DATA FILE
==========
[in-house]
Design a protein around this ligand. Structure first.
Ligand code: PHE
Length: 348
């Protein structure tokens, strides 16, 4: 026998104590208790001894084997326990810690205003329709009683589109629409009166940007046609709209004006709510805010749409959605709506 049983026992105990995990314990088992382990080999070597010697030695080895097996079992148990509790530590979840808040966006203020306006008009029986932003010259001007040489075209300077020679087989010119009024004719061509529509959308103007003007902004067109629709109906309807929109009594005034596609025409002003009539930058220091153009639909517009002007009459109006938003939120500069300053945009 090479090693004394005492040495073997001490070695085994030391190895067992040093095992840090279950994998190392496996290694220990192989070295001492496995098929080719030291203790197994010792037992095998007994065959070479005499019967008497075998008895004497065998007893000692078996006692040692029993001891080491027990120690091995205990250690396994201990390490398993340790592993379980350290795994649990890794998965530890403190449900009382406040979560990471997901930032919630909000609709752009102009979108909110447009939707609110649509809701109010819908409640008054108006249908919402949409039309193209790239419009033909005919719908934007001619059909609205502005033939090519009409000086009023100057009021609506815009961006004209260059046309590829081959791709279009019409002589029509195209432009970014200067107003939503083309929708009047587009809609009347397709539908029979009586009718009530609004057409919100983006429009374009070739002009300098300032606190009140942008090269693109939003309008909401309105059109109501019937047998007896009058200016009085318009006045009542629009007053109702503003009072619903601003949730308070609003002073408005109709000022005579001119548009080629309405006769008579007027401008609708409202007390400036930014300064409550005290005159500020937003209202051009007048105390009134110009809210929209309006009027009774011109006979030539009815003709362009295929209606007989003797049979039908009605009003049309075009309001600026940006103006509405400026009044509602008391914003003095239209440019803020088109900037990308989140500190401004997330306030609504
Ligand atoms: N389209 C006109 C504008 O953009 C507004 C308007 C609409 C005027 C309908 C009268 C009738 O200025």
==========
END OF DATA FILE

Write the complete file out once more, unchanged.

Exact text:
[in-house]
Design a protein around this ligand. Structure first.
Ligand code: PHE
Length: 348
């Protein structure tokens, strides 16, 4: 026998104590208790001894084997326990810690205003329709009683589109629409009166940007046609709209004006709510805010749409959605709506 049983026992105990995990314990088992382990080999070597010697030695080895097996079992148990509790530590979840808040966006203020306006008009029986932003010259001007040489075209300077020679087989010119009024004719061509529509959308103007003007902004067109629709109906309807929109009594005034596609025409002003009539930058220091153009639909517009002007009459109006938003939120500069300053945009 090479090693004394005492040495073997001490070695085994030391190895067992040093095992840090279950994998190392496996290694220990192989070295001492496995098929080719030291203790197994010792037992095998007994065959070479005499019967008497075998008895004497065998007893000692078996006692040692029993001891080491027990120690091995205990250690396994201990390490398993340790592993379980350290795994649990890794998965530890403190449900009382406040979560990471997901930032919630909000609709752009102009979108909110447009939707609110649509809701109010819908409640008054108006249908919402949409039309193209790239419009033909005919719908934007001619059909609205502005033939090519009409000086009023100057009021609506815009961006004209260059046309590829081959791709279009019409002589029509195209432009970014200067107003939503083309929708009047587009809609009347397709539908029979009586009718009530609004057409919100983006429009374009070739002009300098300032606190009140942008090269693109939003309008909401309105059109109501019937047998007896009058200016009085318009006045009542629009007053109702503003009072619903601003949730308070609003002073408005109709000022005579001119548009080629309405006769008579007027401008609708409202007390400036930014300064409550005290005159500020937003209202051009007048105390009134110009809210929209309006009027009774011109006979030539009815003709362009295929209606007989003797049979039908009605009003049309075009309001600026940006103006509405400026009044509602008391914003003095239209440019803020088109900037990308989140500190401004997330306030609504
Ligand atoms: N389209 C006109 C504008 O953009 C507004 C308007 C609409 C005027 C309908 C009268 C009738 O200025």